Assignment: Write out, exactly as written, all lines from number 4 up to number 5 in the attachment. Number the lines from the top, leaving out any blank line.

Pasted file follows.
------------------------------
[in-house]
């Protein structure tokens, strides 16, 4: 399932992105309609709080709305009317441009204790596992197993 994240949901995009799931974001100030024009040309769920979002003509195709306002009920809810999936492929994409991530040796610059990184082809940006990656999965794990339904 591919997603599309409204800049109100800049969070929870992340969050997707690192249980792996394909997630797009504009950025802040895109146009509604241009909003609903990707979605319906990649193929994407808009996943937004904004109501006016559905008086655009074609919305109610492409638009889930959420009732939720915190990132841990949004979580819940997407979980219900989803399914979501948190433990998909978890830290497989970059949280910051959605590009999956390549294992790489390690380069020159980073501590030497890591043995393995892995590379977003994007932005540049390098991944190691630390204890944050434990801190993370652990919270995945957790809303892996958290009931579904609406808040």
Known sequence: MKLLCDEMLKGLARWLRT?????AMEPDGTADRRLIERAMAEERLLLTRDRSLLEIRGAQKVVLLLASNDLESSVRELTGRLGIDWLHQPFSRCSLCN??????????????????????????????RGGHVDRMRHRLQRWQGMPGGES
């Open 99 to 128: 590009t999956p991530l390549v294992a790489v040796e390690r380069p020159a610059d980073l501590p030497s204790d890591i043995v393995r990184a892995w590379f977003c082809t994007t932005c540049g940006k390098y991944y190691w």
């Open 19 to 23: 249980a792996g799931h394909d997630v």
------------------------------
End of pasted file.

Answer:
């Open 99 to 128: 590009t999956p991530l390549v294992a790489v040796e390690r380069p020159a610059d980073l501590p030497s204790d890591i043995v393995r990184a892995w590379f977003c082809t994007t932005c540049g940006k390098y991944y190691w």
């Open 19 to 23: 249980a792996g799931h394909d997630v």